Q: My computer isn’t able to boot anymore after I modified the boot sector in Windows XP. How do I solve this problem without having to reinstall the operating system?

A: If you still have your OS CD somewhere, you’re in luck! Just boot up your computer using the CD and access the recovery console when given the option. You’ll know when to press “R” at the moment in which the bottom of the screen tells you to do so.

You’ll be asked to log in, so give the computer your credentials. If you do not have a password, just press “Enter” when prompted for one. After that, just type “bootcfg /rebuild.” This should completely rebuild your boot sector and find other Windows installations within your hard drive. Everything should be repaired by then. If you continue having problems, hit us up at the comments section and we’ll be glad to throw you a lifeline.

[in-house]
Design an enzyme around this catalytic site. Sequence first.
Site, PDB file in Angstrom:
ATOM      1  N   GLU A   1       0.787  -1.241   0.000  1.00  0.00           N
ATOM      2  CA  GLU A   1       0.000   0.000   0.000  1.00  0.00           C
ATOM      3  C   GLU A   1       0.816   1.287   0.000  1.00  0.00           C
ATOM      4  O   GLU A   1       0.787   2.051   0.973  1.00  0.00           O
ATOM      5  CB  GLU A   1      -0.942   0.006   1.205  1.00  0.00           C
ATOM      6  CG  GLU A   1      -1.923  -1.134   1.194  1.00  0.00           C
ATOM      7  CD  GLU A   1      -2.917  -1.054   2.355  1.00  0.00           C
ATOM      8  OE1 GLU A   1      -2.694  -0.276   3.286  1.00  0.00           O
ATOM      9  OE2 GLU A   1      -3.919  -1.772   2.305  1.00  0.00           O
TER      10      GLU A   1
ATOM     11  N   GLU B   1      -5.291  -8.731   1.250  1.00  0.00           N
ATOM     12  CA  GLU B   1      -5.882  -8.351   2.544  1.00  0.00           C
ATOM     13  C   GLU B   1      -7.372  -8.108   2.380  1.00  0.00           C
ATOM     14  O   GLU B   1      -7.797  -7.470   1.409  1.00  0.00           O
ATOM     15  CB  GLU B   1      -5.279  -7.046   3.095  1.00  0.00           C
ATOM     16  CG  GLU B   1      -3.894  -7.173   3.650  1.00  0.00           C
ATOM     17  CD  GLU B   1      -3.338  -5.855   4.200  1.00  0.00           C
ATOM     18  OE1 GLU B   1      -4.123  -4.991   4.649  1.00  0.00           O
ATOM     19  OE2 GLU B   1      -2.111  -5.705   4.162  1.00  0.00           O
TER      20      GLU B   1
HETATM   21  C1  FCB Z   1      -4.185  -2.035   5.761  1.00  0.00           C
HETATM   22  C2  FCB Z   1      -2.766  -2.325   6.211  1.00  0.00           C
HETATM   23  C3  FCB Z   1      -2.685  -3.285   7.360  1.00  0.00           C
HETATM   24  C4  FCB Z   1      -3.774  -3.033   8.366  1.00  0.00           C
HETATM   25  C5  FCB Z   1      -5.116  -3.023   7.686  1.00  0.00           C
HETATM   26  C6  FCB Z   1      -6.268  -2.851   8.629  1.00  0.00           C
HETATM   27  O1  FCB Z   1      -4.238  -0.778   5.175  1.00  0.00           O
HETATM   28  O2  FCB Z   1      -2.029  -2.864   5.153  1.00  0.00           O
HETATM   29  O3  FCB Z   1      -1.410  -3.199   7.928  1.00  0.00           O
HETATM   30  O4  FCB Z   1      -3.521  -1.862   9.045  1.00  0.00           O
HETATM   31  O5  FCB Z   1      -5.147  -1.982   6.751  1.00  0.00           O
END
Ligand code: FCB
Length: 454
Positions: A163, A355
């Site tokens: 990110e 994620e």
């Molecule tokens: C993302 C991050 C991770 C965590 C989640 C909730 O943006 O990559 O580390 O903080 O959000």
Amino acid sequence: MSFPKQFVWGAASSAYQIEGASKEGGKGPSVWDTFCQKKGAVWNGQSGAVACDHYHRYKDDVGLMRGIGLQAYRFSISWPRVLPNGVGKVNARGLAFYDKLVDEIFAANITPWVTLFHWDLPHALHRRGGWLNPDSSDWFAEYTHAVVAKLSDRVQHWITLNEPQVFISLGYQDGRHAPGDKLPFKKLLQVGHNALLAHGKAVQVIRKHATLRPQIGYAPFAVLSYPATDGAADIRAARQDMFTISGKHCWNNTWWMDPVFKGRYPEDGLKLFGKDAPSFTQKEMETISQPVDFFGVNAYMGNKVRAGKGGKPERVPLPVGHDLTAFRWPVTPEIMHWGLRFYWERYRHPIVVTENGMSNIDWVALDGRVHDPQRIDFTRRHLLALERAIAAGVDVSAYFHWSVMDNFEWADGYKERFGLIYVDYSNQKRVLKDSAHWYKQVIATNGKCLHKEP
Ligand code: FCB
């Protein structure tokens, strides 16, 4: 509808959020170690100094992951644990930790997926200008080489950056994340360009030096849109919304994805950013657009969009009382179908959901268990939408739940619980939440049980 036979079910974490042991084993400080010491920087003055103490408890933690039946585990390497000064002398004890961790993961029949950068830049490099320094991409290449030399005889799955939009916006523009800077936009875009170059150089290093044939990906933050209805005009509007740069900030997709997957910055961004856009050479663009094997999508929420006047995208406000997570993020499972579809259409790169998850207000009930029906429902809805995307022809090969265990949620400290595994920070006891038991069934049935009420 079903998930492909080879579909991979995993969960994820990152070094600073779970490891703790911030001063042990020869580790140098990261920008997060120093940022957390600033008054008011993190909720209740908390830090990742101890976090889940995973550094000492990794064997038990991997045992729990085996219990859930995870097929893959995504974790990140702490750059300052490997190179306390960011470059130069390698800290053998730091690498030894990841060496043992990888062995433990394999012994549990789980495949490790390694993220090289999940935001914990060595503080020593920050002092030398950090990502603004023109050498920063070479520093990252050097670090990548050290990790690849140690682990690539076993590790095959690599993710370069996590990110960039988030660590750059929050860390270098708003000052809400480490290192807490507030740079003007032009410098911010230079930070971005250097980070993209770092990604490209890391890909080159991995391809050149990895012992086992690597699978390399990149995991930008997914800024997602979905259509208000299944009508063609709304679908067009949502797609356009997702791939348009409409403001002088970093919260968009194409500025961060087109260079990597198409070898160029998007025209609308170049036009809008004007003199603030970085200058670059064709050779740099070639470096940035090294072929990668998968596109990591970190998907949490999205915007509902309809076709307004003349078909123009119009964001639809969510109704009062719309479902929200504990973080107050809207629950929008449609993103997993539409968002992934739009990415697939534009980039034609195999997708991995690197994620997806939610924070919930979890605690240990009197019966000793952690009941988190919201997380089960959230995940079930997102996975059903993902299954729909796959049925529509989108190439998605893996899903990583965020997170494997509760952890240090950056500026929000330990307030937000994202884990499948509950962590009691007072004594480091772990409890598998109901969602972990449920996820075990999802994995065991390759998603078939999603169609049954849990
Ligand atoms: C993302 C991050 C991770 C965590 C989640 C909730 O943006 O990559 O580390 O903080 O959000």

Oh, and if that doesn’t work, you can always use MBR Regenerator by Josh Cell Softwares. It’ll fix your boot configuration without a hitch.

Got Your Own Question?

Submit all future inquiries by email to windows-help [at], or by clicking the “Ask Our Experts Now!” button on the sidebar of every page on this site! Have a productive day!

Miguel Leiva-Gomez
Miguel Leiva-Gomez

Miguel has been a business growth and technology expert for more than a decade and has written software for even longer. From his little castle in Romania, he presents cold and analytical perspectives to things that affect the tech world.